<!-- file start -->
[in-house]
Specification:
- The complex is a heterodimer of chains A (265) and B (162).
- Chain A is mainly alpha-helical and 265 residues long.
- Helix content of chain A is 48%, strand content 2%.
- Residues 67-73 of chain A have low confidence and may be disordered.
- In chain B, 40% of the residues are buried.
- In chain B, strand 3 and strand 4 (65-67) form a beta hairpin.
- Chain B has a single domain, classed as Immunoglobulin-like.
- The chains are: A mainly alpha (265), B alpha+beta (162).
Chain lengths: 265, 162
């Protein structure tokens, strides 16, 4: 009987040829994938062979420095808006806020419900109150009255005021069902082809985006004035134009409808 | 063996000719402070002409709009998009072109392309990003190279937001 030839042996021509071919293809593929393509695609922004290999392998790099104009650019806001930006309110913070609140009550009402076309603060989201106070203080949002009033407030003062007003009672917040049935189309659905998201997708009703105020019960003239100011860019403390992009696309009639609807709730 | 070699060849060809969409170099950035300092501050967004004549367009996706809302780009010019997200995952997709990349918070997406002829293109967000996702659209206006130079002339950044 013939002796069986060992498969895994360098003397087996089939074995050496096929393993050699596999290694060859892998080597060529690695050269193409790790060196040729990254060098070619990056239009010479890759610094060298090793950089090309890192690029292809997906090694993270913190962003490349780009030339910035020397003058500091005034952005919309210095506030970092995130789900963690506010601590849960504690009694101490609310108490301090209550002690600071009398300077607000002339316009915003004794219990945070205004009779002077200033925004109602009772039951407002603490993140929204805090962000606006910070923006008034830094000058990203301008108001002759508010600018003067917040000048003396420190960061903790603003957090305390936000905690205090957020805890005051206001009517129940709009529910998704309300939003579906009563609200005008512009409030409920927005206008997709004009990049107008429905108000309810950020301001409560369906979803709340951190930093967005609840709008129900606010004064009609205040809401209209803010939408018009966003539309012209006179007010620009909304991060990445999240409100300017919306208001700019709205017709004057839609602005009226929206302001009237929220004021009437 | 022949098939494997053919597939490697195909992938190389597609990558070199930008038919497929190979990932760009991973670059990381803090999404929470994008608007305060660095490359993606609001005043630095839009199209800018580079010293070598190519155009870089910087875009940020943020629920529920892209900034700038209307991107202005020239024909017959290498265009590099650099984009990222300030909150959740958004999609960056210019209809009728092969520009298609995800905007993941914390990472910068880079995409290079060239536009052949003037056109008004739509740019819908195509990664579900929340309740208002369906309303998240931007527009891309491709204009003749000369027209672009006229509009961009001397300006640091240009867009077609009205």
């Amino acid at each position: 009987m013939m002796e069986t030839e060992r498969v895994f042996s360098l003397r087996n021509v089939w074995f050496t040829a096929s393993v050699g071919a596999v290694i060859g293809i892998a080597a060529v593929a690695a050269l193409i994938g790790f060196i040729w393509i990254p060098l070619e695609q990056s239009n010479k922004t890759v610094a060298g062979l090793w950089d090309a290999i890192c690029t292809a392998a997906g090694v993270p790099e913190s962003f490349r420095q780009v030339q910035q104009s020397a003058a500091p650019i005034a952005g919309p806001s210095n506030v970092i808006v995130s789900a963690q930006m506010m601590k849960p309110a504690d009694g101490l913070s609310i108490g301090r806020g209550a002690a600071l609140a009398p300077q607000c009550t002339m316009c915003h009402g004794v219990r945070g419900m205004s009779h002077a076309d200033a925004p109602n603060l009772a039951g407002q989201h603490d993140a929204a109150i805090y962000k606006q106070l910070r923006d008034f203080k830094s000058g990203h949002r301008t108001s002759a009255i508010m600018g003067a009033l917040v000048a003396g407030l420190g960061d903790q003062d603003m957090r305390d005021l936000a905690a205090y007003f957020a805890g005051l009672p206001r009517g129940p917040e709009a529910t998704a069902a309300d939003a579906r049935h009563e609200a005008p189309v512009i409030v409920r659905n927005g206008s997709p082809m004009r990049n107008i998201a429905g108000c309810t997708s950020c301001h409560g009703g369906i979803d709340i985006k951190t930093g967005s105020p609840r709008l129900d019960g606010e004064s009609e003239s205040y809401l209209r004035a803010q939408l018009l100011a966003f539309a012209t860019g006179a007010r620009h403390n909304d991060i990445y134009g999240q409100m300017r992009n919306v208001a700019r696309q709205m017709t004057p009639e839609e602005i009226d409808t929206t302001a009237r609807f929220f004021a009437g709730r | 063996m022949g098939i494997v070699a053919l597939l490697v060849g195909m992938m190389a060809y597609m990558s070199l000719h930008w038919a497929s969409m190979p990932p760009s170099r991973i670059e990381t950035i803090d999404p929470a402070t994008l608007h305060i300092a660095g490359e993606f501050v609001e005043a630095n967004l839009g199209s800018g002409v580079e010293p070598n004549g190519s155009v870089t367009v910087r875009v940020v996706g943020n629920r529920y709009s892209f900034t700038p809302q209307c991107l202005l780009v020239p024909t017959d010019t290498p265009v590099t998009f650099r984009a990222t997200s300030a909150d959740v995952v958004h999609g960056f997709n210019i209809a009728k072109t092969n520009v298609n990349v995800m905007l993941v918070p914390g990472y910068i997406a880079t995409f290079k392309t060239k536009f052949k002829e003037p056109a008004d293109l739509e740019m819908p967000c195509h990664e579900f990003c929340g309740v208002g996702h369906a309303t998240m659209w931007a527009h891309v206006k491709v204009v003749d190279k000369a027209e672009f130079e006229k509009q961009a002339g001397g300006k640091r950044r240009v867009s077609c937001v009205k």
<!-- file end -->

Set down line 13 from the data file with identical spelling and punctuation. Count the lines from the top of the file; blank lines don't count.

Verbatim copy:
């Amino acid at each position: 009987m013939m002796e069986t030839e060992r498969v895994f042996s360098l003397r087996n021509v089939w074995f050496t040829a096929s393993v050699g071919a596999v290694i060859g293809i892998a080597a060529v593929a690695a050269l193409i994938g790790f060196i040729w393509i990254p060098l070619e695609q990056s239009n010479k922004t890759v610094a060298g062979l090793w950089d090309a290999i890192c690029t292809a392998a997906g090694v993270p790099e913190s962003f490349r420095q780009v030339q910035q104009s020397a003058a500091p650019i005034a952005g919309p806001s210095n506030v970092i808006v995130s789900a963690q930006m506010m601590k849960p309110a504690d009694g101490l913070s609310i108490g301090r806020g209550a002690a600071l609140a009398p300077q607000c009550t002339m316009c915003h009402g004794v219990r945070g419900m205004s009779h002077a076309d200033a925004p109602n603060l009772a039951g407002q989201h603490d993140a929204a109150i805090y962000k606006q106070l910070r923006d008034f203080k830094s000058g990203h949002r301008t108001s002759a009255i508010m600018g003067a009033l917040v000048a003396g407030l420190g960061d903790q003062d603003m957090r305390d005021l936000a905690a205090y007003f957020a805890g005051l009672p206001r009517g129940p917040e709009a529910t998704a069902a309300d939003a579906r049935h009563e609200a005008p189309v512009i409030v409920r659905n927005g206008s997709p082809m004009r990049n107008i998201a429905g108000c309810t997708s950020c301001h409560g009703g369906i979803d709340i985006k951190t930093g967005s105020p609840r709008l129900d019960g606010e004064s009609e003239s205040y809401l209209r004035a803010q939408l018009l100011a966003f539309a012209t860019g006179a007010r620009h403390n909304d991060i990445y134009g999240q409100m300017r992009n919306v208001a700019r696309q709205m017709t004057p009639e839609e602005i009226d409808t929206t302001a009237r609807f929220f004021a009437g709730r | 063996m022949g098939i494997v070699a053919l597939l490697v060849g195909m992938m190389a060809y597609m990558s070199l000719h930008w038919a497929s969409m190979p990932p760009s170099r991973i670059e990381t950035i803090d999404p929470a402070t994008l608007h305060i300092a660095g490359e993606f501050v609001e005043a630095n967004l839009g199209s800018g002409v580079e010293p070598n004549g190519s155009v870089t367009v910087r875009v940020v996706g943020n629920r529920y709009s892209f900034t700038p809302q209307c991107l202005l780009v020239p024909t017959d010019t290498p265009v590099t998009f650099r984009a990222t997200s300030a909150d959740v995952v958004h999609g960056f997709n210019i209809a009728k072109t092969n520009v298609n990349v995800m905007l993941v918070p914390g990472y910068i997406a880079t995409f290079k392309t060239k536009f052949k002829e003037p056109a008004d293109l739509e740019m819908p967000c195509h990664e579900f990003c929340g309740v208002g996702h369906a309303t998240m659209w931007a527009h891309v206006k491709v204009v003749d190279k000369a027209e672009f130079e006229k509009q961009a002339g001397g300006k640091r950044r240009v867009s077609c937001v009205k």